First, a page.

Third, these unfortunate people must then think about all of the other more general considerations of musicianship: is the song catchy? Is it musically creative? Will it sell? Do I sing well? Am I out of tune? Is this the right kind of drum beat, or should I ask to compress that snare some more? Why can't I get along with my guitarist? How do I get my music out there? How do I set myself apart? How do I feed my family? Is law school totally out of the picture??

And lastly, Christian artists make music for some of the harshest critics in the world. As much as I hate to admit it, evangelicals are a touchy and judgmental bunch, given to vocally criticizing the smallest perceived infraction of their values, even when it comes to music. You think I'm making this up, but I'm not. For instance, the children's show VeggieTales once wrote an episode where the antagonist sings a song about how chocolate bunnies are awesome to eat. And there was an outcry about this song, parents writing in that they didn't think it was appropriate for their children to be singing a song about bad eating habits, even if it was sung by the antagonist! I guess they didn't trust their children to pick up on the fact that a song sung by the bad guy is not supposed to be prescriptive. Anyway, the outcry was hot enough to make the creators of the show re-write the song with more palatable lyrics!

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Unfettered non-Christian artists laugh and laugh as you labor under a sodden wet blanket of unrealistic expectations.

So imagine trying to write music that is theologically orthodox, positively uplifting, not to mention musically awesome...all for people whom you know might rip you to shreds if you mess any one of those up. If you are orthodox but lack coolness, younger Christians will mock you mercilessly for being out of touch. If you are cool but your lyrics are theologically not sharp enough, older Believers will lay into you. If you don't blend these dynamics to perfection, then hyper-critical people like me write stupid blog posts about it. And all the while, unfettered non-Christian artists laugh and laugh as you labor under a sodden wet blanket of unrealistic expectations.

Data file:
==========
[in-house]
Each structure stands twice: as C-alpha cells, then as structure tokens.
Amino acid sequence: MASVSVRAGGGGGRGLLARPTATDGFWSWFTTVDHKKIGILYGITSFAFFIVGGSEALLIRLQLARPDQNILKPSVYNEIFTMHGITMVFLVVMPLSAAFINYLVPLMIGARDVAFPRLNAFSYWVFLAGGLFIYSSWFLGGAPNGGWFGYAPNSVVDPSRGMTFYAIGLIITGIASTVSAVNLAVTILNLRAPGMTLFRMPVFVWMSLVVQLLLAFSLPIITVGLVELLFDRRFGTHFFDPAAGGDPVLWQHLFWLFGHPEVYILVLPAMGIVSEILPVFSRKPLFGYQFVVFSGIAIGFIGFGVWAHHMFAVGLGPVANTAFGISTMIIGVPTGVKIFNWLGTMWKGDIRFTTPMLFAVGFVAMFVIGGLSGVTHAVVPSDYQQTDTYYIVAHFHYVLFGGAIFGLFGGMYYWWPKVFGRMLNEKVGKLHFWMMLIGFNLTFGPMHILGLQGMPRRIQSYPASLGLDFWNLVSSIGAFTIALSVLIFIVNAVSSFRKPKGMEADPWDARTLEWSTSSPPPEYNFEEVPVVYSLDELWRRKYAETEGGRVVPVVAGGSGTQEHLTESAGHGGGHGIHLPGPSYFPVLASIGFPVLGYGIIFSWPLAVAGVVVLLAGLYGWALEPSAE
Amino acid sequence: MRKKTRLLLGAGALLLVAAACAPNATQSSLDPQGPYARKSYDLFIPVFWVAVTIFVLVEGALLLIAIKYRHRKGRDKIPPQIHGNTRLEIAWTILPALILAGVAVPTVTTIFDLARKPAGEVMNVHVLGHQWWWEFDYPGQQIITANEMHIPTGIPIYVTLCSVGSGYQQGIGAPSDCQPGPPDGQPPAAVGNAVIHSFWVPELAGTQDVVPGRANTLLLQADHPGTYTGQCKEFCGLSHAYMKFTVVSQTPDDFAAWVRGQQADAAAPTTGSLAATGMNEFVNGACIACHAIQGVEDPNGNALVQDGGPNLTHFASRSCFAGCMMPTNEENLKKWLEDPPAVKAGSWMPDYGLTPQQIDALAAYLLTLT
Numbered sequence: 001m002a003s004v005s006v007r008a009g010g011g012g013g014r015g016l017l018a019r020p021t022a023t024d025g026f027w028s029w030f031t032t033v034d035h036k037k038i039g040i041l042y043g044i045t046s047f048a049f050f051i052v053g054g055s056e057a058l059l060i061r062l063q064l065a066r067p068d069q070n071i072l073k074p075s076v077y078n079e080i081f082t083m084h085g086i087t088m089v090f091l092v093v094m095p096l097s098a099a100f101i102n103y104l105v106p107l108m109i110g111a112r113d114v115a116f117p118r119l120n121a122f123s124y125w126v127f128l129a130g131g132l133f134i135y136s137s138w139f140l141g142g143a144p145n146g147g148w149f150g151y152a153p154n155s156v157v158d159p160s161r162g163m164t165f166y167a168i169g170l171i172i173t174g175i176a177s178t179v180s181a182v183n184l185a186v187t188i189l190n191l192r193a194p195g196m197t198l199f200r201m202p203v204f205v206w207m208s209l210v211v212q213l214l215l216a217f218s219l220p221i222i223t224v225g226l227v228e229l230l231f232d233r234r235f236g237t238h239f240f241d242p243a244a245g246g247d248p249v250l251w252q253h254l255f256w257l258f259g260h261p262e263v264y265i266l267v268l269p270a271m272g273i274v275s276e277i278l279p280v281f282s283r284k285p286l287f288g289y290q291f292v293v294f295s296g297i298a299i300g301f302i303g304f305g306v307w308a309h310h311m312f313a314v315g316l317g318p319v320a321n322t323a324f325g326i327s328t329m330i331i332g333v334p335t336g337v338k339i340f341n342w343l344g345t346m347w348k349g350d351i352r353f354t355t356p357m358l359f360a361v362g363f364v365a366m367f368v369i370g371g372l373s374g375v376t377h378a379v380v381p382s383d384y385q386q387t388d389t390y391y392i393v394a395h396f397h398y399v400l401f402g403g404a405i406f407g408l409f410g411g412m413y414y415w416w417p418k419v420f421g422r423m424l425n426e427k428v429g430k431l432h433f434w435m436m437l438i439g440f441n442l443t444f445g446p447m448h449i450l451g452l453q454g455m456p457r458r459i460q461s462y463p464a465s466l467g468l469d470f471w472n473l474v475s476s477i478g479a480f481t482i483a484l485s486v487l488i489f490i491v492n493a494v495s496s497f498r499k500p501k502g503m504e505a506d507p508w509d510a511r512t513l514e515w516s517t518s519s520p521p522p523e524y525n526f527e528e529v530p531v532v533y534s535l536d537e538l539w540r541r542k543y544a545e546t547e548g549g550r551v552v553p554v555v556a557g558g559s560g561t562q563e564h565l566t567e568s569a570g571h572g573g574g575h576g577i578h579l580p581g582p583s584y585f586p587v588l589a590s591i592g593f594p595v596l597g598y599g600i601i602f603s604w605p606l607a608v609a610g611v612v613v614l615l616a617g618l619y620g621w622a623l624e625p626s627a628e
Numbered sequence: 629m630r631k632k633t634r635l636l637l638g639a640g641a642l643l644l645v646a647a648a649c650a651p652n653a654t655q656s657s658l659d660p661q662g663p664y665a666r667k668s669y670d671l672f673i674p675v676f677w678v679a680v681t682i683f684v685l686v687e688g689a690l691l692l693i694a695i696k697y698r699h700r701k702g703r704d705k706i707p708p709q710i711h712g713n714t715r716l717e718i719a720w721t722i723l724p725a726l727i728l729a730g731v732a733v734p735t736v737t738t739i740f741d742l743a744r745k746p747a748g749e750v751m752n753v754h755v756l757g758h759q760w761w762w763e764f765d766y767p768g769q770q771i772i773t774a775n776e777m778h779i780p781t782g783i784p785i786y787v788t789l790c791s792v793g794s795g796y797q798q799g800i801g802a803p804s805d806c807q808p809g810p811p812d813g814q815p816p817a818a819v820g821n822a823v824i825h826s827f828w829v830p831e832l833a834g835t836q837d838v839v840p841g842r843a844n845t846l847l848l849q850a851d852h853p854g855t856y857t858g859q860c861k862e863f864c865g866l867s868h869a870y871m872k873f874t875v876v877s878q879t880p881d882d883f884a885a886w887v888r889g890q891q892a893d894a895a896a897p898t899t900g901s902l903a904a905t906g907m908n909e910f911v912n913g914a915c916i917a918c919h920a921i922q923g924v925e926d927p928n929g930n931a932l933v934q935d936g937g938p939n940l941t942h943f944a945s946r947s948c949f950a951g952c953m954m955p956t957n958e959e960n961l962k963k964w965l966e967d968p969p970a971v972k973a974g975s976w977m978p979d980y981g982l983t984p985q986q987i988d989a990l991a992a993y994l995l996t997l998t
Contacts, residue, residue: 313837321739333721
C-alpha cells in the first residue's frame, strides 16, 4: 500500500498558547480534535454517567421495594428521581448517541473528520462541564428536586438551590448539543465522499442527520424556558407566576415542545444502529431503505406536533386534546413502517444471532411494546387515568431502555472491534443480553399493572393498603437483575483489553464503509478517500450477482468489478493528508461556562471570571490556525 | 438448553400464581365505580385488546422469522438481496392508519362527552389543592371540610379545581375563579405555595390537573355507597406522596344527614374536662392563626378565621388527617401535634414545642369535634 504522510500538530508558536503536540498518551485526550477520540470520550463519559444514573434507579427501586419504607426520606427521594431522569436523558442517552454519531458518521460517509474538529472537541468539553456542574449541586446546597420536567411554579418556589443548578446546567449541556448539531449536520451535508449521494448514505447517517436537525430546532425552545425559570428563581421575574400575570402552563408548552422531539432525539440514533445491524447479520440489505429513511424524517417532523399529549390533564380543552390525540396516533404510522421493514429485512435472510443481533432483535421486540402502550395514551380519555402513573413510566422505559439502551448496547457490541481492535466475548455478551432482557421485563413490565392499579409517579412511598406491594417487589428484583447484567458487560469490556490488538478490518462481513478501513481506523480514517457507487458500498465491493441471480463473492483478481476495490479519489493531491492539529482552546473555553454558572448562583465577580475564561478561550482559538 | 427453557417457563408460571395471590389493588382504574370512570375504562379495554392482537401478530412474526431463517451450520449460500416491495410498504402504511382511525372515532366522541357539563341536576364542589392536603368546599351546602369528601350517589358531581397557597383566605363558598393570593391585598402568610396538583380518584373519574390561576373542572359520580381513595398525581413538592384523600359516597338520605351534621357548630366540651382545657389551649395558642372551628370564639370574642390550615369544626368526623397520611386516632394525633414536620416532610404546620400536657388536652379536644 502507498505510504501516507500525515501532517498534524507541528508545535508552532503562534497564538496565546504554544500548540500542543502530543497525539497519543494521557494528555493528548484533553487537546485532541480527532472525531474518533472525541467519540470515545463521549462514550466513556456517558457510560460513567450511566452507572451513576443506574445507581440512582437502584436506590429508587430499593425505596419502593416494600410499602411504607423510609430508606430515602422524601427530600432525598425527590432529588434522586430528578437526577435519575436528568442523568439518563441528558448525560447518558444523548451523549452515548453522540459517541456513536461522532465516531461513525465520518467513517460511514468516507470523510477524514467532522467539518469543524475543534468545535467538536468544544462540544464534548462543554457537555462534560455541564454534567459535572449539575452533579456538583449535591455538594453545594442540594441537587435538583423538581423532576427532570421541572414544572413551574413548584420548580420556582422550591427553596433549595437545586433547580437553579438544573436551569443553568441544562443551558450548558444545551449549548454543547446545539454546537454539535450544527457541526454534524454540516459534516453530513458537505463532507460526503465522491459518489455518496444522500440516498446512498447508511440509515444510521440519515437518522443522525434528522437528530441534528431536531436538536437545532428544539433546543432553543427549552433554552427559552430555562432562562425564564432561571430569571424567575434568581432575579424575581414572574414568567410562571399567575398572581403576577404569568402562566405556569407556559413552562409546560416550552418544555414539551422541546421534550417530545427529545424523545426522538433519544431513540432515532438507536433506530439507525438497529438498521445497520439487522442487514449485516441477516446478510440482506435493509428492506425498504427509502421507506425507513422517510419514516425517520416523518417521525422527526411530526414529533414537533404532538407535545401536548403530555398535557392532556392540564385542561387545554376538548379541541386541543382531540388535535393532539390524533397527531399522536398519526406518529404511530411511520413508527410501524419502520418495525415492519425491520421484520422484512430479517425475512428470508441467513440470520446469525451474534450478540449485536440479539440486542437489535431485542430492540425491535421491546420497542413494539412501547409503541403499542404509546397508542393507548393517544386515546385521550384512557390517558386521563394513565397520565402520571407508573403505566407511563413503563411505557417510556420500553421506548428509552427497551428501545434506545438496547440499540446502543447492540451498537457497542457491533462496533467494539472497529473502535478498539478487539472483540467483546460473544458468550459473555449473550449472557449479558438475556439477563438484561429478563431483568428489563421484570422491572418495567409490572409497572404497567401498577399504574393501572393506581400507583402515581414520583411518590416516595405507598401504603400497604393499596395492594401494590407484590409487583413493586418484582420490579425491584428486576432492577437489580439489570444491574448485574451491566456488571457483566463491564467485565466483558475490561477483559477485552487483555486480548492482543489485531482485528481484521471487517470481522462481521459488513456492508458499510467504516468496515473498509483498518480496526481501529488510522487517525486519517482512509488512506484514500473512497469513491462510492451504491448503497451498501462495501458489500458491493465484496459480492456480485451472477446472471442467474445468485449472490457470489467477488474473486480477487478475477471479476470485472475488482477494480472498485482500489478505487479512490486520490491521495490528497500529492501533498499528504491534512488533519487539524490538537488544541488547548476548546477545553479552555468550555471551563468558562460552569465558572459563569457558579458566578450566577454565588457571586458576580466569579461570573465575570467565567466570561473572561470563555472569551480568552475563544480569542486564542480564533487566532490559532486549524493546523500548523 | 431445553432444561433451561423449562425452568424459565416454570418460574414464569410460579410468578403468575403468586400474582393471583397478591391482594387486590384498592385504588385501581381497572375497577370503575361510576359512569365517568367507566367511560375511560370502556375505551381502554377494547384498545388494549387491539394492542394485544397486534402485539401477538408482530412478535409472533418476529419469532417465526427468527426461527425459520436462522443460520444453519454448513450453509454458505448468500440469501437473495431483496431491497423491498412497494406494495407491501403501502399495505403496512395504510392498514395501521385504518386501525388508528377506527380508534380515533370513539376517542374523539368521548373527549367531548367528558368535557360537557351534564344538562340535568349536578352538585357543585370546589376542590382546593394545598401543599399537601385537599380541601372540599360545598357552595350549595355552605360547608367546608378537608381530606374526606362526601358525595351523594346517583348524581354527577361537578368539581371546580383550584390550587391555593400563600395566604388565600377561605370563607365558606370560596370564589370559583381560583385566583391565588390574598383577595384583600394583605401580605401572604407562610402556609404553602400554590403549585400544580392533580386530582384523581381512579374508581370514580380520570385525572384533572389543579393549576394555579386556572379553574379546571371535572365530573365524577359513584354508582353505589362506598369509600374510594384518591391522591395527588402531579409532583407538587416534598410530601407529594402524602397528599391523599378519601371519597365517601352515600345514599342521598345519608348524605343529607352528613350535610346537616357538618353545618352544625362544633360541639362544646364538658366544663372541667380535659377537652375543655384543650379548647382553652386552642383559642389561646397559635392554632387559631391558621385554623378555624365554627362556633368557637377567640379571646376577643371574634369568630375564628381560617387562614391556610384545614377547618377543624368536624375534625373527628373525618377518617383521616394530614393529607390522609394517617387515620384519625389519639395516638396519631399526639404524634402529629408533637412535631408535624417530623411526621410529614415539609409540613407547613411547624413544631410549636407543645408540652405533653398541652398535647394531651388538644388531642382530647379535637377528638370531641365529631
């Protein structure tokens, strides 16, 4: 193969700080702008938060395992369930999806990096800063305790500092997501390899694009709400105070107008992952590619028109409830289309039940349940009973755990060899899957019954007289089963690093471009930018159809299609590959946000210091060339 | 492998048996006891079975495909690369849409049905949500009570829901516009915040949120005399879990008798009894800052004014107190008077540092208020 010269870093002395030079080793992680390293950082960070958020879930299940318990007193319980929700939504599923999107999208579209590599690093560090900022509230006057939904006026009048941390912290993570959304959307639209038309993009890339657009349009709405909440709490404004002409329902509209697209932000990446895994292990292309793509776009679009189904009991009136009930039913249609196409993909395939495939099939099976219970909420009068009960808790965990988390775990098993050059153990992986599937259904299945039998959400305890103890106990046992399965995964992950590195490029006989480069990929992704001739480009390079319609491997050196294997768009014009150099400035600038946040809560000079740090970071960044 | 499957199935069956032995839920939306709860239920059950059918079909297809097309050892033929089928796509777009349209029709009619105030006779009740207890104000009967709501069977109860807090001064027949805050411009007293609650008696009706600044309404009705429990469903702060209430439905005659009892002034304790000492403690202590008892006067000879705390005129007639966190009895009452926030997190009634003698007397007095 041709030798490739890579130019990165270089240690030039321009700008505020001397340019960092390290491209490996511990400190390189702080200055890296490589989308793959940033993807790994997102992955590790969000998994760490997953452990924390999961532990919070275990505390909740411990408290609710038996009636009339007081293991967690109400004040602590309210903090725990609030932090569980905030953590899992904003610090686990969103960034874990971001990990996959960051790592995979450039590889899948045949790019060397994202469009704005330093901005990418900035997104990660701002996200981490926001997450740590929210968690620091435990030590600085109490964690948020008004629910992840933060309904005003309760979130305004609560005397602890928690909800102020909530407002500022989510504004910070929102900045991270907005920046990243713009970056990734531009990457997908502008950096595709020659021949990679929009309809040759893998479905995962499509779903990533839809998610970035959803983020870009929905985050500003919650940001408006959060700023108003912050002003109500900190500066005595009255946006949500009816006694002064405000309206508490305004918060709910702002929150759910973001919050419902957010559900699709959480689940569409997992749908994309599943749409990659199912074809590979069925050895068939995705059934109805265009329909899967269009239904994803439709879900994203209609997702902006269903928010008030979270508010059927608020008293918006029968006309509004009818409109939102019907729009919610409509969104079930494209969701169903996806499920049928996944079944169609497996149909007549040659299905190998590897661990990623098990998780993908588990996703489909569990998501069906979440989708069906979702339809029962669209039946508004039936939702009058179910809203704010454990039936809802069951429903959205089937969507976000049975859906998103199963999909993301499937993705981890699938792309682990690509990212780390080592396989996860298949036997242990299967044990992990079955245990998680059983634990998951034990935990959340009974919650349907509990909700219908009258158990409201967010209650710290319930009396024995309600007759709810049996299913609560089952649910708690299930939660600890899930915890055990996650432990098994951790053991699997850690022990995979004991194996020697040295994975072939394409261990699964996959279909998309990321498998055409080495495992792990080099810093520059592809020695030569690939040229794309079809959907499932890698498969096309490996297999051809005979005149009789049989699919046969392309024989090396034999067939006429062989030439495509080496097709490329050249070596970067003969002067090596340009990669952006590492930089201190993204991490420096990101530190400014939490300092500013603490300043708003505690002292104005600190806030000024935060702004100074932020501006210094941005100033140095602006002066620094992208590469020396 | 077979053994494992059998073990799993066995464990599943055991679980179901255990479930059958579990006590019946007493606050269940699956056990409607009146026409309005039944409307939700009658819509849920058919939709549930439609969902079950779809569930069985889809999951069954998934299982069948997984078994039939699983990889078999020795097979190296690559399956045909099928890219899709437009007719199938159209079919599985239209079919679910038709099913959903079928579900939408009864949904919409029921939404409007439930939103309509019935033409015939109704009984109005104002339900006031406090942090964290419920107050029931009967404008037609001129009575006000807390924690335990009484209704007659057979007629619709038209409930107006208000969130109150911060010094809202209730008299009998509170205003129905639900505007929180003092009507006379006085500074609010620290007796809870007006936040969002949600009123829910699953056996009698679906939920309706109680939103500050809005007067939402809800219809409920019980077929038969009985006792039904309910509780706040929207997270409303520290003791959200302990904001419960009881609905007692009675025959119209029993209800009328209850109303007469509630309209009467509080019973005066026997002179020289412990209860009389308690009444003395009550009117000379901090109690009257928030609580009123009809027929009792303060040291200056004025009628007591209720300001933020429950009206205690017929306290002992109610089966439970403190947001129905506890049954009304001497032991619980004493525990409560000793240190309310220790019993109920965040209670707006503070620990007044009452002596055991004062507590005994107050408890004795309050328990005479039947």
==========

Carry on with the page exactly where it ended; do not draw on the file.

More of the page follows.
When you consider all of these factors, it's no wonder that Christian music sounds like it does, trying for so many things, and falling short. And so, I've resolved not to be so critical of Christian artists anymore. In fact, I would take it a step further and say that I have to repent for my judgmentalism, and perhaps more than a few of us need to confess that we have been unduly critical of Christian music. Christian artists already find themselves in a difficult position, and it's a shame that their position should be made any harder by their own brothers and sisters in faith being overly-critical and mean-spirited, especially when I doubt that many of us could come even close to doing any better. So even though I don't really enjoy it, I will continue to listen to CCM in the car. I may not enjoy the songs, but I do appreciate what they are trying to achieve, and respect the artists who create them, and that's no small thing.

Plus, it's not like the music on the other stations is anything to write home about either. "Cuz baby you're a firework! Come on show 'em what you're worth..."

Third Culture
Third Culture looks at matters of faith from the multicultural and minority perspective.
Peter Chin
Peter W. Chin is the pastor of Rainier Avenue Church and author of Blindsided By God. His advocacy work for racial reconciliation has been featured on CBS Sunday Morning, NPR, and the Washington Post.